“Modern architecture is not a style, it’s an attitude.” — Marcel Breuer
Modern architecture is a movement that emphasized the function of the built form over its ornamentation. Modernist philosophy essentially stood for innovation, simplicity and experimentation. It came as a heavily contrasting sequel to an age of Victorian grandeur, pomp and Gothic extravagance. It is widely practised throughout the world and is interpreted in several forms by renowned architects.
Subsidiary styles that were born out of Modernism include Bauhaus, De Stijl, Constructivism, Expressionism, Functionalism, Minimalism, International Style, Metabolism, Brutalism, Postmodernism, High Tech, and Deconstructivism.
Characteristics of Modern Architecture
Modernist structures across different secondary styles can be broadly defined with a set of features:
- Lack of ornamentation: Buildings are built with a clean, simplified aesthetic without elaborate mouldings or decorations.
- Neat, minimal lines: Structures are composed of clean lines or boxes which are juxtaposed with horizontal/ vertical linear forms.
- Broad roof overhangs: Most modernist homes are low lying and are composed of large, broad roofs.
- Use of glass: Modern structures constitute a generous use of glass, allowing ample natural light to enter the interior spaces.
- Open floor plans: Large, unobstructed spaces that flow into each other are a characteristic feature of modern buildings.
- Modern technologies and materials: Buildings are constructed with modern materials like steel, concrete blocks and iron. Large spanning trusses facilitate open planning.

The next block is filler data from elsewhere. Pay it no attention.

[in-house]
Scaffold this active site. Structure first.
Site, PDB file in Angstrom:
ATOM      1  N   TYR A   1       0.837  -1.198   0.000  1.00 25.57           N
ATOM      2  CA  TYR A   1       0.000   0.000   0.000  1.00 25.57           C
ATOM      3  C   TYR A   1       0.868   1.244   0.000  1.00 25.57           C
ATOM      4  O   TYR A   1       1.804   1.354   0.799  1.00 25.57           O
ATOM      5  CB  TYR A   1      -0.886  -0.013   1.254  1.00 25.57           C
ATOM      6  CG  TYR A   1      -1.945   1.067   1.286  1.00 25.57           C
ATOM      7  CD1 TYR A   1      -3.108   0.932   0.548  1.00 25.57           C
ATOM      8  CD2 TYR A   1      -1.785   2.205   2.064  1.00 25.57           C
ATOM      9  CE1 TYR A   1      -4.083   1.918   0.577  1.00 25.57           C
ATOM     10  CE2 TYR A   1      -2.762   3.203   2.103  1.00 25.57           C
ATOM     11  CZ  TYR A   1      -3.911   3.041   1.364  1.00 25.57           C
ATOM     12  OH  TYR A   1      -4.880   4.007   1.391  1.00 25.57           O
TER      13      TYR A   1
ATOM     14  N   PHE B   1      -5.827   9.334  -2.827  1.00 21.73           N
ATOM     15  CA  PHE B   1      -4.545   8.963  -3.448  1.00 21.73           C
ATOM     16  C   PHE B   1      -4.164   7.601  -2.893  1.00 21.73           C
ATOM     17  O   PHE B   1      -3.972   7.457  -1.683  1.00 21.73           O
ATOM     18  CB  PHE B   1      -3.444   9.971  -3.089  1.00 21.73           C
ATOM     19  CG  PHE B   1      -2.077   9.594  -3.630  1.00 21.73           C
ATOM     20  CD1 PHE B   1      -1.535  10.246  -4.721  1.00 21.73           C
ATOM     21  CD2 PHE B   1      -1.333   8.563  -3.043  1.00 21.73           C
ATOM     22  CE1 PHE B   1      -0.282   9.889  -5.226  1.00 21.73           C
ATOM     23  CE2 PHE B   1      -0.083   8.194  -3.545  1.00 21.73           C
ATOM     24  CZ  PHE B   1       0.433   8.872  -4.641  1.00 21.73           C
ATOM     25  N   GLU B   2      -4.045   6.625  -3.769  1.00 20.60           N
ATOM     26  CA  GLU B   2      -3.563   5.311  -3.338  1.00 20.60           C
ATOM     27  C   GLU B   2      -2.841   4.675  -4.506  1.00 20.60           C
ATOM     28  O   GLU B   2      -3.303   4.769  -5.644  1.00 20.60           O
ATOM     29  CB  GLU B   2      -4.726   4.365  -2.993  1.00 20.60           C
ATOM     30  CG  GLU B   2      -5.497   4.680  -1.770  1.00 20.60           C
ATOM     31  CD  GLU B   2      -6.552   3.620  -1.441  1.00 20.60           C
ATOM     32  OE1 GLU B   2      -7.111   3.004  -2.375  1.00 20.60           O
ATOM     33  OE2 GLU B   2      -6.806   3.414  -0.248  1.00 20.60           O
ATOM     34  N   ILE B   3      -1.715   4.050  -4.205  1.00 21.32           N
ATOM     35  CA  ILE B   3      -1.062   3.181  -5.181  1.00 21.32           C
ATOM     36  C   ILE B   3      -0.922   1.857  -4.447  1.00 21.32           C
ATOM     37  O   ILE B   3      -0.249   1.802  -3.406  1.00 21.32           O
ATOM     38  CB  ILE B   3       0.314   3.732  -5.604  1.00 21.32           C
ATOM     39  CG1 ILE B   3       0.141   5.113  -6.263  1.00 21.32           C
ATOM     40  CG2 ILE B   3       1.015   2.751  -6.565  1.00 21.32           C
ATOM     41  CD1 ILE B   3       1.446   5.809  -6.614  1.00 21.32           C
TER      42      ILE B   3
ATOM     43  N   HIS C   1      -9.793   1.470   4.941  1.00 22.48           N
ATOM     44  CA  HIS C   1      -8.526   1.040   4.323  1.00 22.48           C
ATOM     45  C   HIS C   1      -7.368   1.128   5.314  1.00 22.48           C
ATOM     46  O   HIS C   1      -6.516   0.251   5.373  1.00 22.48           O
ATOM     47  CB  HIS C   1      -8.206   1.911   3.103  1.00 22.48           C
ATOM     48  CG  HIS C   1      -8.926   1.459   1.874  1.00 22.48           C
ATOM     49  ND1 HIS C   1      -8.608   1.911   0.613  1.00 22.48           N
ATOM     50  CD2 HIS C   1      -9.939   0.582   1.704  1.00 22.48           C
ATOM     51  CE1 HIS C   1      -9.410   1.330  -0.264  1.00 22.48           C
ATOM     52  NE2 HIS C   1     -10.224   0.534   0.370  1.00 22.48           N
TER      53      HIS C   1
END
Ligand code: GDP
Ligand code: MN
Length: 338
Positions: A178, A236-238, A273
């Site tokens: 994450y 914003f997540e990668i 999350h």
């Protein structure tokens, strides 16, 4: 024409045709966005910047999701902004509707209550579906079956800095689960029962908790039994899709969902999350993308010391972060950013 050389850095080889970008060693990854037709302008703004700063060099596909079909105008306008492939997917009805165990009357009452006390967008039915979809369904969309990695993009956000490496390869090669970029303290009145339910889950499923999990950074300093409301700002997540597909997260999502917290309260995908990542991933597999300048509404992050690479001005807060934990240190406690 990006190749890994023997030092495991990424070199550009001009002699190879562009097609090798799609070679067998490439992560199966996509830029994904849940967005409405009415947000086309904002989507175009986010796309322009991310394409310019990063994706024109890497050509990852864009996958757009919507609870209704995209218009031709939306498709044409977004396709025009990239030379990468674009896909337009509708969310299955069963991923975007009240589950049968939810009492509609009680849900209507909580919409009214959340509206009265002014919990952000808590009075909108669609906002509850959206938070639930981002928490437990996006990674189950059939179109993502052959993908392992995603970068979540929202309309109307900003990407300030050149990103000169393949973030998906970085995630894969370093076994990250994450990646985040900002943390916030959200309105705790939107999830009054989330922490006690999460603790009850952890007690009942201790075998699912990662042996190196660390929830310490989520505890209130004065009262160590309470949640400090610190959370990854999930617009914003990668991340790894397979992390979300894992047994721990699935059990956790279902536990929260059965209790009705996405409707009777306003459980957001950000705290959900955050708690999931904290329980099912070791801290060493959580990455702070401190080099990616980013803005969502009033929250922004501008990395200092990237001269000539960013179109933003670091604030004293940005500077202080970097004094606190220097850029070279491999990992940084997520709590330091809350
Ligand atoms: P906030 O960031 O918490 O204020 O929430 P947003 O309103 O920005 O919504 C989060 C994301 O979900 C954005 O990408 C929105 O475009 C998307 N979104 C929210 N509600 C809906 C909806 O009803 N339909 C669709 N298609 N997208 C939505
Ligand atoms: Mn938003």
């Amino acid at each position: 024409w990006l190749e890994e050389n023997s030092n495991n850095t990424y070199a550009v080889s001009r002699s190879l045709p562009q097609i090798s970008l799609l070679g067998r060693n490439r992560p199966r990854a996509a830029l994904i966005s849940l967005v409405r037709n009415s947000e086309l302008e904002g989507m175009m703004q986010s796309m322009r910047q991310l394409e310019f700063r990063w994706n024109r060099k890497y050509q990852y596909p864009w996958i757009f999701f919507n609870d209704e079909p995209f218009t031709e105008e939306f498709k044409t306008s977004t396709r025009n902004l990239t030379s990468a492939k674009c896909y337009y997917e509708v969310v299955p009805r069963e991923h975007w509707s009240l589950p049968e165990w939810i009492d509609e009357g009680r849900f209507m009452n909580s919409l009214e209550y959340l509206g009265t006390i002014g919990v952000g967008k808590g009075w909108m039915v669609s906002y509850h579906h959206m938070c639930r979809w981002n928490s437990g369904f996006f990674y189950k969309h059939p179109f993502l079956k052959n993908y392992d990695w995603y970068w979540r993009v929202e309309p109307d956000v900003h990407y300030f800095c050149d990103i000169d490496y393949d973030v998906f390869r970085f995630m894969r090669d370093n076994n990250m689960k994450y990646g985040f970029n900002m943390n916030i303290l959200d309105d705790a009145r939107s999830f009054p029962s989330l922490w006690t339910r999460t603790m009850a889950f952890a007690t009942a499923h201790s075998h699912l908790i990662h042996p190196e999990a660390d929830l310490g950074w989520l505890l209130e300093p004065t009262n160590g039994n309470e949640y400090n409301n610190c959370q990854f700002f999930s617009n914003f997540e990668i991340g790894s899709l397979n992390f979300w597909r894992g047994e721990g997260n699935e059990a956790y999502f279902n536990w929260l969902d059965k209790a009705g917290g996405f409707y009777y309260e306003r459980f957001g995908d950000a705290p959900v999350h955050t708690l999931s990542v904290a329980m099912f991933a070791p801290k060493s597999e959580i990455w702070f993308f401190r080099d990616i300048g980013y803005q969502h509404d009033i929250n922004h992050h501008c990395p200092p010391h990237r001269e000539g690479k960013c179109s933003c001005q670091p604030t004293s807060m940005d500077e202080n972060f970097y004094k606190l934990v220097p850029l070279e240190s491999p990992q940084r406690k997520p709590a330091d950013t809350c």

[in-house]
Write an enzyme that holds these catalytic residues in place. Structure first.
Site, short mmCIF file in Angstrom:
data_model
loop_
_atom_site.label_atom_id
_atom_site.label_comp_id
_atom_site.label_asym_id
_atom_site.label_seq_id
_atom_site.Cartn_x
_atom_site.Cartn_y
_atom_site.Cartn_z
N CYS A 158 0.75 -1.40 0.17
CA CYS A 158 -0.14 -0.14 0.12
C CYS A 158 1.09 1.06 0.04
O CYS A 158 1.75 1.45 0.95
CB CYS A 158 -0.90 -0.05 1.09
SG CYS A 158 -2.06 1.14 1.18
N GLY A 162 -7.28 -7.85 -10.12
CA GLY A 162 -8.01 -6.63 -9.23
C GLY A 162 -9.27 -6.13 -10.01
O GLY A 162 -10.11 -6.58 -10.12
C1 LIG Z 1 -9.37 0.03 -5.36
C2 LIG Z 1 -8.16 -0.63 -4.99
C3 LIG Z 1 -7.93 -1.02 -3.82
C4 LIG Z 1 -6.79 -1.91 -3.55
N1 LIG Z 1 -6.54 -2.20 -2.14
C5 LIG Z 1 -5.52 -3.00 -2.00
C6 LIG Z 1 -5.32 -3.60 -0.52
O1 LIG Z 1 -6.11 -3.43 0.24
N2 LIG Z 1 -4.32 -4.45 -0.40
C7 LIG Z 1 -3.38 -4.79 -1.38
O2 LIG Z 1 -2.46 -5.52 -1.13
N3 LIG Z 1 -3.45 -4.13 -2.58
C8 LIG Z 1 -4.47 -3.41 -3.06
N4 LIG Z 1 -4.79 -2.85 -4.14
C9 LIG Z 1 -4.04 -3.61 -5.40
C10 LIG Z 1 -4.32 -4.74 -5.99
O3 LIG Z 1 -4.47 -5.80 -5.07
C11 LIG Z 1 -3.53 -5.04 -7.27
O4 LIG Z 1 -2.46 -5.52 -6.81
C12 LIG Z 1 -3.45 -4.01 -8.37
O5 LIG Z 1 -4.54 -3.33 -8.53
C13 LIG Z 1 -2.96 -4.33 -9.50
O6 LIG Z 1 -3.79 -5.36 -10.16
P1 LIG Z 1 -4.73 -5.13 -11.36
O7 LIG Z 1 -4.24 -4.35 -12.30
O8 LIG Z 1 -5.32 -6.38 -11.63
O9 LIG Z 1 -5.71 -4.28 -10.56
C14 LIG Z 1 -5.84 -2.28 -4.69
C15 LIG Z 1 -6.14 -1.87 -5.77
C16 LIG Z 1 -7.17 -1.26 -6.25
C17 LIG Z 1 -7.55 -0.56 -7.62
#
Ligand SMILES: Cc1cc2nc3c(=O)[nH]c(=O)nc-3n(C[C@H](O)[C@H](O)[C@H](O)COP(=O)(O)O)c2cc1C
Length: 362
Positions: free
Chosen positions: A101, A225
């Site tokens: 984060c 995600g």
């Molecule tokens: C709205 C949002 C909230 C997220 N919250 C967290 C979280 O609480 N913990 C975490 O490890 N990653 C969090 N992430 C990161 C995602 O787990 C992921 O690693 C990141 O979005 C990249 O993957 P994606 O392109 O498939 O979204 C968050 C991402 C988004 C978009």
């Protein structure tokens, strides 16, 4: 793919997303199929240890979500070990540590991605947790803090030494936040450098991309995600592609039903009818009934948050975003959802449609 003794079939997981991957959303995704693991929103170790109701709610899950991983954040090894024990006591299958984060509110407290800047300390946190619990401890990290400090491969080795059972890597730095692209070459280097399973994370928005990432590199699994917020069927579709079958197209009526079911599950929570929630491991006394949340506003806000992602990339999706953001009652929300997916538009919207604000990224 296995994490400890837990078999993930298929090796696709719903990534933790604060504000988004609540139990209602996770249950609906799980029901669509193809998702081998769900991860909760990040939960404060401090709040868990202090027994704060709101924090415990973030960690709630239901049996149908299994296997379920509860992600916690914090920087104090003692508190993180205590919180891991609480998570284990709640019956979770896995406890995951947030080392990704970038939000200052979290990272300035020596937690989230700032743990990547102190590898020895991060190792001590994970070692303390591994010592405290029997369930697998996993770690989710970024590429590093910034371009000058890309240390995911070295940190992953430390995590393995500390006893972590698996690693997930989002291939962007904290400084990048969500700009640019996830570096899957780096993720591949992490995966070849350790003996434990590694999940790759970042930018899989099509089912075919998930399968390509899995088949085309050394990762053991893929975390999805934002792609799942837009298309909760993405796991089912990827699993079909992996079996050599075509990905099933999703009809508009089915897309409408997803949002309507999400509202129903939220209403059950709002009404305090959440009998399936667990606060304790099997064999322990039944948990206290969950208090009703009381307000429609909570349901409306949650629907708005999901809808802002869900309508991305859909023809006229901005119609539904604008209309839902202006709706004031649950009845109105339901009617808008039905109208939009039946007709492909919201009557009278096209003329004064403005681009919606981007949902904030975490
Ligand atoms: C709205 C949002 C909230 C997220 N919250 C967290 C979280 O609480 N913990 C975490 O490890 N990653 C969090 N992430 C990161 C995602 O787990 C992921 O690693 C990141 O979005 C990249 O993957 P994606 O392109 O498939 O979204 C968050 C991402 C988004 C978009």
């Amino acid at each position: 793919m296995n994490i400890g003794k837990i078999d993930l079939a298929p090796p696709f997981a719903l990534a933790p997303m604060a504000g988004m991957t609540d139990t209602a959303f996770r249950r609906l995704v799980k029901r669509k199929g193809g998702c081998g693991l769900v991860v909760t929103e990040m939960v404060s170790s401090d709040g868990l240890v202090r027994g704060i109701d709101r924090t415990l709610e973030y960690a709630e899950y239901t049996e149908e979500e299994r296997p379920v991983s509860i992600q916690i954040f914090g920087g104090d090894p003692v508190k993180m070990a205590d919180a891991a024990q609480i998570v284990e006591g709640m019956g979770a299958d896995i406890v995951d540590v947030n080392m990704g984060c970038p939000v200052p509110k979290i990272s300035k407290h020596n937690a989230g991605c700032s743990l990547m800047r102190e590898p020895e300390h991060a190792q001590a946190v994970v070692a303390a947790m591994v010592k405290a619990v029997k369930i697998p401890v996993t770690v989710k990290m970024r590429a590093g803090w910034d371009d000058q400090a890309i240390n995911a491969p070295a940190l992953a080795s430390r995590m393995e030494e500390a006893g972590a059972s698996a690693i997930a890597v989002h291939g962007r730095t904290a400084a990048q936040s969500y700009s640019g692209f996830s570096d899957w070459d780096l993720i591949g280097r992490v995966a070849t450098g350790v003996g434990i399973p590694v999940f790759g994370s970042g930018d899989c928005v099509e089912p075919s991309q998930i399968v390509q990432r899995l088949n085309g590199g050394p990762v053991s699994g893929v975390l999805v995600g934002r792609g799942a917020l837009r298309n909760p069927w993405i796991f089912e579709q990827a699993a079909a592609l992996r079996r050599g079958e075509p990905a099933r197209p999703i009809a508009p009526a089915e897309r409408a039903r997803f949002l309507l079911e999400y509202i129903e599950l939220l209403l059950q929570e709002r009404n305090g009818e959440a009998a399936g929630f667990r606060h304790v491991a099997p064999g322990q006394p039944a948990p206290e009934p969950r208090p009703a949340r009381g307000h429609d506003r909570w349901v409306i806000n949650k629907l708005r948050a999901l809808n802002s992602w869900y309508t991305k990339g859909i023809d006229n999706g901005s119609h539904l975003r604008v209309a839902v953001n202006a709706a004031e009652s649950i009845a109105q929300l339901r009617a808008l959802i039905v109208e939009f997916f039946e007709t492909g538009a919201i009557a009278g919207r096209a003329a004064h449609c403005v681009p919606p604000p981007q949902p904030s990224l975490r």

- Asymmetrical design: modern designs heavily experiment on form with asymmetric, uneven yet aesthetically pleasing compositions
- Relationship between interior and exterior spaces: Buildings integrate and respond to the natural landscape around them.
- Reinventing traditional materials: Materials like stone, wood and brick are used in a bare, straightforward way to express their natural beauty.
The genesis of Modern Architecture can be traced back to the Chicago World Fair in 1893. Many young architects like Louis Sullivan and Frank Lloyd Wright played instrumental roles in the fair, displaying and developing their styles of building. Sullivan’s popular aphorism, “Less is more,” went on to become the rallying cry for the modern movement.
Inspired by Wright’s experimentation in the field, Walter Gropius and Mies van der Rohe went on to form the German school of arts—Bauhaus—in 1919. This institution gave birth to a distinctive style of modern art and architecture with balanced forms and compositions. Le Corbusier propagated the style in France with breathtaking villas and houses in and around Paris in the 1920s.
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Following the onset of the second world war, European architects brought the Bauhaus movement to the USA and laid the foundation for the American Modernist Movement. The artwork was slowly transferred onto the streets with the help of modernist structures built by architects like F.L Wright, Richard Neutra, Charles and Ray Eames and Philip Johnson.